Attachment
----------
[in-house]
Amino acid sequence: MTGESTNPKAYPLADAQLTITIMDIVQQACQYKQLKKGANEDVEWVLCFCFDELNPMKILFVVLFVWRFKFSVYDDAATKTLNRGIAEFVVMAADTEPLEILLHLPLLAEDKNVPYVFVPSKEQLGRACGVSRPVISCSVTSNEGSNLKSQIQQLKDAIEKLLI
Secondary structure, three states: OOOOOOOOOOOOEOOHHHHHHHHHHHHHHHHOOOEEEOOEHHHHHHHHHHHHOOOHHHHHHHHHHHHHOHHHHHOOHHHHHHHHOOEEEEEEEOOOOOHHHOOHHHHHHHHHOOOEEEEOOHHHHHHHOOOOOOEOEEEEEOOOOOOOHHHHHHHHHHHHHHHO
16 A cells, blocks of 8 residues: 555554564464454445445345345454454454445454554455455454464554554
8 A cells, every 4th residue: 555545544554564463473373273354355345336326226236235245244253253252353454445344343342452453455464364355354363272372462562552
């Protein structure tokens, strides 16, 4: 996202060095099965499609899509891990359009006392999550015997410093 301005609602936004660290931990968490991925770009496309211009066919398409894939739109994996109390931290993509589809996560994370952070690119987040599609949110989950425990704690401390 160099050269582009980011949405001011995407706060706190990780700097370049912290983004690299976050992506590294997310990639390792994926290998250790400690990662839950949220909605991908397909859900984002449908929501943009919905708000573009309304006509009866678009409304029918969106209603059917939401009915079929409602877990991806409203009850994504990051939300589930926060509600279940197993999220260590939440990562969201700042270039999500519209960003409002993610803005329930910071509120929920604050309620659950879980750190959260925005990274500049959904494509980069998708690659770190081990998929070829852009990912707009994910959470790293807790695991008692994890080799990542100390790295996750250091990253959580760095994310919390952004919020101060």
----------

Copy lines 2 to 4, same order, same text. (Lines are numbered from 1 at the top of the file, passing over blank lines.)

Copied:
Amino acid sequence: MTGESTNPKAYPLADAQLTITIMDIVQQACQYKQLKKGANEDVEWVLCFCFDELNPMKILFVVLFVWRFKFSVYDDAATKTLNRGIAEFVVMAADTEPLEILLHLPLLAEDKNVPYVFVPSKEQLGRACGVSRPVISCSVTSNEGSNLKSQIQQLKDAIEKLLI
Secondary structure, three states: OOOOOOOOOOOOEOOHHHHHHHHHHHHHHHHOOOEEEOOEHHHHHHHHHHHHOOOHHHHHHHHHHHHHOHHHHHOOHHHHHHHHOOEEEEEEEOOOOOHHHOOHHHHHHHHHOOOEEEEOOHHHHHHHOOOOOOEOEEEEEOOOOOOOHHHHHHHHHHHHHHHO
16 A cells, blocks of 8 residues: 555554564464454445445345345454454454445454554455455454464554554